REVIEWS: Christmas Carols, Carols from New College , Christmas Brass
The MHS Review 390 Vol. 11 No.12 1987
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Barbara Zuck, ''Classic Discoveries'' The Columbus Dispatch (December 15, 1985)
Christmas Carols: Scottish National Orchestra Chorus; Scottish National Orchestra; John Currie, Conductor
Carols from New College: Choir of New College, Oxford; Edward Higginbottom, Director
Christmas Brass: The Galliard Brass Ensemble with Guest Artists; Richard Price, Conductor
For those who love the sound of Christmas music sung by a large choir and full orchestra, this (Christmas Carols) is a terrific selection. Even though you can't understand all the words (the recording sounds like it might have been made in a huge church), the chorus sings lightly and the orchestra plays agilely, so heft and reverberation are minimized. Selections include the obvious O Come, All Ye Faithful and It Came Upon a Midnight Clear, but also some lesser known delights like Past Three O'Clock and Love Came Down at Christmas. A few arrangements by conductor John Currie strike refreshingly original chords.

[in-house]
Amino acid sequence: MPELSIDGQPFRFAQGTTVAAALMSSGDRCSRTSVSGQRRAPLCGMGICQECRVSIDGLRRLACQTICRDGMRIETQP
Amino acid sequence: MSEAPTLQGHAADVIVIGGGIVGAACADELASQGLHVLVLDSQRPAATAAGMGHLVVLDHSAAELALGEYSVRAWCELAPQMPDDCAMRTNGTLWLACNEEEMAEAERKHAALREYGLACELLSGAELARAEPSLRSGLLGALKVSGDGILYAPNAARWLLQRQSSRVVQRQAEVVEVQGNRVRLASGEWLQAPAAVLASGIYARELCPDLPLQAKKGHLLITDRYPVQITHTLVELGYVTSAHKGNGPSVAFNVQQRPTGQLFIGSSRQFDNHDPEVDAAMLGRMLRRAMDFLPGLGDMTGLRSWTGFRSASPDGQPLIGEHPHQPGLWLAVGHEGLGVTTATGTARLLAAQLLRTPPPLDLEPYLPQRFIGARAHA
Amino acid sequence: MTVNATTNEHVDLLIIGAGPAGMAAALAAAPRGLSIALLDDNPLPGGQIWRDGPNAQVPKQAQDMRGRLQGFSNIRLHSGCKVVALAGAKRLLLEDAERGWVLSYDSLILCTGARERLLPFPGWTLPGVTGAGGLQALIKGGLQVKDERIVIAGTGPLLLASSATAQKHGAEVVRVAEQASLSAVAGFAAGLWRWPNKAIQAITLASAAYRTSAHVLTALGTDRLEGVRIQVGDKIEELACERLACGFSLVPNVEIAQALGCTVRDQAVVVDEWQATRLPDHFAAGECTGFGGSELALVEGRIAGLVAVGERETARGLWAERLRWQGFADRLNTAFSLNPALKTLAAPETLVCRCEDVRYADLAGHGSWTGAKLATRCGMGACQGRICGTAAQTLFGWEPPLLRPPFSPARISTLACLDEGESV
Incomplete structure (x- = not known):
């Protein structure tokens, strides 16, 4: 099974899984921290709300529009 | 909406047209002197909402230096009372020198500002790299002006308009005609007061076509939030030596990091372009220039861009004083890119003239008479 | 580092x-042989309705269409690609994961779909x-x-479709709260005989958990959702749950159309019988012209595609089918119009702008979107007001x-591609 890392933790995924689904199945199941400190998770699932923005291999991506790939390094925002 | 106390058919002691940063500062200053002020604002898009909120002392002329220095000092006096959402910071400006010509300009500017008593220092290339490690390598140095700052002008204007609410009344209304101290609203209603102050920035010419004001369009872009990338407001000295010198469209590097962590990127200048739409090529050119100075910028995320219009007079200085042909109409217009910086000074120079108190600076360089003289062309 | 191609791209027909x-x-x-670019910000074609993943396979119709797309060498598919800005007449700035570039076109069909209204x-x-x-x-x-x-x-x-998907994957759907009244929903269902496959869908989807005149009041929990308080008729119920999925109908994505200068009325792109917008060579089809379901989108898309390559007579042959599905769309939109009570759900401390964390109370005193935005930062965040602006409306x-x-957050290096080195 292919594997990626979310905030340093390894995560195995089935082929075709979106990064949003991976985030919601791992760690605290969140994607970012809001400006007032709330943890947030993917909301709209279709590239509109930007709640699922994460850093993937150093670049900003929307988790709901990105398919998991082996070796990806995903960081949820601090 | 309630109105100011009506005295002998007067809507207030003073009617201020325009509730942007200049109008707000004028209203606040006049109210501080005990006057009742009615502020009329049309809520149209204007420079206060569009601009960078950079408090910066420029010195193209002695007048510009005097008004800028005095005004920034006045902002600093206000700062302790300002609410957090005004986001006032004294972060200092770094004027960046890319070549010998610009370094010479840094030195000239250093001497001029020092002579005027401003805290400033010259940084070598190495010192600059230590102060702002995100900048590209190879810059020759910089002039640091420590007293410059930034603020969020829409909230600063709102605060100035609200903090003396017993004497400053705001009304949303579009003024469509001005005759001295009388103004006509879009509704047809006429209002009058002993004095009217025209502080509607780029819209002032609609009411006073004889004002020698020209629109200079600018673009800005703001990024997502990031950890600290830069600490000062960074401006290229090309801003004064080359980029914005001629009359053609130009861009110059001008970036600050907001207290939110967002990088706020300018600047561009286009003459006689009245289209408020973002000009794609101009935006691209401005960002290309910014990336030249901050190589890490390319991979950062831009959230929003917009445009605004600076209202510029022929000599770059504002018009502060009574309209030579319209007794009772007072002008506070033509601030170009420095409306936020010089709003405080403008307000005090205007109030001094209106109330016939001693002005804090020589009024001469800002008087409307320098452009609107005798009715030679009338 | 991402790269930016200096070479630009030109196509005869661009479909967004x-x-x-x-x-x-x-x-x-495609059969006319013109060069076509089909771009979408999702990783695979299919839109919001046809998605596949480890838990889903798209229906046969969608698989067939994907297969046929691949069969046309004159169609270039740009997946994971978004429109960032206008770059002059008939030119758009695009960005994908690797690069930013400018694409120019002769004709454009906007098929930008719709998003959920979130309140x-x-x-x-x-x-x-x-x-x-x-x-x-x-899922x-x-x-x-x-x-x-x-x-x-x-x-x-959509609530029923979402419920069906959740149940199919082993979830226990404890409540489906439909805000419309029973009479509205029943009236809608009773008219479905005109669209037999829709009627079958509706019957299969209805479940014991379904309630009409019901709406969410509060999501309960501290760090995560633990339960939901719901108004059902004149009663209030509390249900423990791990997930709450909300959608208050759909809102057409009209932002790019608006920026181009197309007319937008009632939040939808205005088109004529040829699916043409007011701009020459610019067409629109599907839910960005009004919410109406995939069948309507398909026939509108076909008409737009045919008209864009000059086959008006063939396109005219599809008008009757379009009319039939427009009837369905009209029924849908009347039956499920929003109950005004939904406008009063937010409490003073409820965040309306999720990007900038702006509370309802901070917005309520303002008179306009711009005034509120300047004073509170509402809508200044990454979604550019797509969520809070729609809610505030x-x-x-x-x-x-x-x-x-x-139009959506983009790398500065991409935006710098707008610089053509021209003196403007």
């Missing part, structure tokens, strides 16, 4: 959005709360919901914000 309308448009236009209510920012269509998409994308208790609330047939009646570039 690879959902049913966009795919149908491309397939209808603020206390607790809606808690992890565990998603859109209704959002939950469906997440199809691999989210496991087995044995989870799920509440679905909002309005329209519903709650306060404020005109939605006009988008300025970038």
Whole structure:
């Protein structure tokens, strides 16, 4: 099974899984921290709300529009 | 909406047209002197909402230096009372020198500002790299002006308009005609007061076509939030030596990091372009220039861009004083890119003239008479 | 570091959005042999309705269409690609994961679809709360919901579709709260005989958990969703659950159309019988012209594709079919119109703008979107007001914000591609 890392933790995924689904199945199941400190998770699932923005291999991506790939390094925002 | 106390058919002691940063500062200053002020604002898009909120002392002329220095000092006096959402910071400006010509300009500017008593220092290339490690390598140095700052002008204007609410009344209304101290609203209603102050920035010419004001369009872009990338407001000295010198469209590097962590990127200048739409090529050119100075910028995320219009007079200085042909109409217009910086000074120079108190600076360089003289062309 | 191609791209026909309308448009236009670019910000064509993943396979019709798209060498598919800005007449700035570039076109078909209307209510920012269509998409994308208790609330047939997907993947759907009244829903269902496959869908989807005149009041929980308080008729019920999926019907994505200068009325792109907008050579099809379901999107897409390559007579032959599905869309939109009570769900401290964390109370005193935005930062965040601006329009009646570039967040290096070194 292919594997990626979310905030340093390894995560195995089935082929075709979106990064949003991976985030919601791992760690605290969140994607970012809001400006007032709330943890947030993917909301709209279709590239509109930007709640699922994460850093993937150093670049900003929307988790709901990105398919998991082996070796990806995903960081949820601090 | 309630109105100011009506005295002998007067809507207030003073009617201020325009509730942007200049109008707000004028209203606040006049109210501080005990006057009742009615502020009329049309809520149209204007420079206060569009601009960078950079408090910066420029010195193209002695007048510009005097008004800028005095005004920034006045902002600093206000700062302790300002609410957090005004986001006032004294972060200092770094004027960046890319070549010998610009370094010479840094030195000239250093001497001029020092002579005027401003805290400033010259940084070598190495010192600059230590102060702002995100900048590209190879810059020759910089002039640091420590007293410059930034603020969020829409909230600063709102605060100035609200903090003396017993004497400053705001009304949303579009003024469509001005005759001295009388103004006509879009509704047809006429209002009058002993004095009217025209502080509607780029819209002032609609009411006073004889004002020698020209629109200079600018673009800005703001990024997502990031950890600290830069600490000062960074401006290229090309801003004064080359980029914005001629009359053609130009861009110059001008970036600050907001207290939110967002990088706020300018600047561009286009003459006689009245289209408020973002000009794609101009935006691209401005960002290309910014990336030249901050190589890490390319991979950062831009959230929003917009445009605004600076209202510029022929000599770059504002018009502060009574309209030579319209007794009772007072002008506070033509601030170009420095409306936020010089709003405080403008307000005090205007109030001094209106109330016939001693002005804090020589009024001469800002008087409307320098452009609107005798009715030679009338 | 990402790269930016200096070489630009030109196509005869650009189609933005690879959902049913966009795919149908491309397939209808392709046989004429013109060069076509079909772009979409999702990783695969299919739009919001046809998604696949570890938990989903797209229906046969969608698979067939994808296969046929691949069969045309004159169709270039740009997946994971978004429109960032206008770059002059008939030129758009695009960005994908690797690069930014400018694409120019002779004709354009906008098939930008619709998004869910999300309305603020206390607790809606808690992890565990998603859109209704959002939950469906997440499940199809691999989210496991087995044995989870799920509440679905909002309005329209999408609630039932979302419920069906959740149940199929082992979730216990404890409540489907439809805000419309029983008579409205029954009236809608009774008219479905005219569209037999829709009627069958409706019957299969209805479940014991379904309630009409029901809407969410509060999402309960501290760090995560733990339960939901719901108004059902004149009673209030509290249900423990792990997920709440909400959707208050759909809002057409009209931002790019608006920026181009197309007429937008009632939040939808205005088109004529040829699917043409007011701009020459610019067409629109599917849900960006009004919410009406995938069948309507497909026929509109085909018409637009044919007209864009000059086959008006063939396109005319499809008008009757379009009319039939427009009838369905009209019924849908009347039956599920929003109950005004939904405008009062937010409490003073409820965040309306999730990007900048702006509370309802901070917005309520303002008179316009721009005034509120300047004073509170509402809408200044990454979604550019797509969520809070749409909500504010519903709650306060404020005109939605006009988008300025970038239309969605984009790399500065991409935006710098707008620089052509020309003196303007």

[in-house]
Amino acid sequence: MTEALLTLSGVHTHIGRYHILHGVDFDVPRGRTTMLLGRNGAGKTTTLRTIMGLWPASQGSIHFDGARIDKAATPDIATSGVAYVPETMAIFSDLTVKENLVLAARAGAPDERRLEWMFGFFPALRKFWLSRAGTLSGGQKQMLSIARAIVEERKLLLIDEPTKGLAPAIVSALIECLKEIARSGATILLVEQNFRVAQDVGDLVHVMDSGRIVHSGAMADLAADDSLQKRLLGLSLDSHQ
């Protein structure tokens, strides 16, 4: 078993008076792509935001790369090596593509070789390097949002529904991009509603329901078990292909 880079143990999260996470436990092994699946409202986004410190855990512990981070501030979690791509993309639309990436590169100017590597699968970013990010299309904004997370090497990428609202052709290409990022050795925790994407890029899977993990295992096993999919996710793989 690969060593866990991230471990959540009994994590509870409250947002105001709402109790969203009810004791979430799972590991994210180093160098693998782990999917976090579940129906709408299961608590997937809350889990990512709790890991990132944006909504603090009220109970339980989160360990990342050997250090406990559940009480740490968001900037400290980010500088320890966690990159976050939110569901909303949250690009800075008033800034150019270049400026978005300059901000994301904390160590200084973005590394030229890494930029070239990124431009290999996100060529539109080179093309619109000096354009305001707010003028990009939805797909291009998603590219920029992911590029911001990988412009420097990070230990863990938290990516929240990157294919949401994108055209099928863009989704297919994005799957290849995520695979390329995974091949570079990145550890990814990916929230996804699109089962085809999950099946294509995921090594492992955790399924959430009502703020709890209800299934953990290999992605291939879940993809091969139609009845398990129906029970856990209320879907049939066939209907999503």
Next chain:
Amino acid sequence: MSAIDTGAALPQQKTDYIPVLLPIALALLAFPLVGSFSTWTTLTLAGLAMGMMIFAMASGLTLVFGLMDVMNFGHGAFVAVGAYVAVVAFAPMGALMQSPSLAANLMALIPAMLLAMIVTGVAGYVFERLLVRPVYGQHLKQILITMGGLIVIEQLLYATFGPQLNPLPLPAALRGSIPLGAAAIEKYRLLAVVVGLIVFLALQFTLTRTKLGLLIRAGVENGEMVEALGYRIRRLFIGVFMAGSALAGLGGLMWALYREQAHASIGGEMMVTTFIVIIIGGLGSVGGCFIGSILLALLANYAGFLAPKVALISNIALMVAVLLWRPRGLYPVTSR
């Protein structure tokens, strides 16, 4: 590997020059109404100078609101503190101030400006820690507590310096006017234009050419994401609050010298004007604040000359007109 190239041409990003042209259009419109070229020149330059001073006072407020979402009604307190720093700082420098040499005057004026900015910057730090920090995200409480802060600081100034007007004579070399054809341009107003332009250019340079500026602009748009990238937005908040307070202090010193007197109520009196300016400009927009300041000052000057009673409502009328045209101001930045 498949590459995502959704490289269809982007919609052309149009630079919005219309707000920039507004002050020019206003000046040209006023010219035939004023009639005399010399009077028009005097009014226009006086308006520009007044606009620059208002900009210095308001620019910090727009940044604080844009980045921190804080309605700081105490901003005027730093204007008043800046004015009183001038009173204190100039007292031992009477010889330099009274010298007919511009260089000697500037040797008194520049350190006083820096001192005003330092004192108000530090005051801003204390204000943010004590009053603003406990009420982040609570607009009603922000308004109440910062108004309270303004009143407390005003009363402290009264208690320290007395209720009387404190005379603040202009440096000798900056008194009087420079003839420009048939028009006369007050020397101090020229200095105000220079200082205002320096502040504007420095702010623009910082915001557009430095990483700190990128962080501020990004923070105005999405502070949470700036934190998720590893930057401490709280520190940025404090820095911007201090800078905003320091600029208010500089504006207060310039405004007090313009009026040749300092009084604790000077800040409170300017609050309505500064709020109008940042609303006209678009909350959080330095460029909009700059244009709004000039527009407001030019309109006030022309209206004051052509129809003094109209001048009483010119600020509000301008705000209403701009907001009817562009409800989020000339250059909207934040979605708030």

For those who adore the unique sound of an authentic British boys' and men's choir, MHS has a second collection of carols (Carols from New College). While there is less reverberation on this release than on that by the Scottish National forces, the choir's enunciation also is poor. Without orchestral interludes, the Choir of New College, Oxford (either a cappella or with organ) fits more songs onto two album sides. This disc also includes more of the popular favorites, such as In Dulci Jubilo, In the Bleak Midwinter, and There Is No Rose of Such Virtue.
For those who relish the rich Christmas repertoire done up in brass, MHS also presents this release (Christmas Brass), which perhaps is more for the genuine lover of classical music. On the other hand, those looking for an easy entry into the world of classical music might just find this album appealing. The Galliard Brass Ensemble presents short selections by the likes of Giovanni Gabrieli, Praetorius, J.S. Bach, and Pachelbel. The Galliard's mellow sound, always well-articulated, only enhances some of the great music of the past.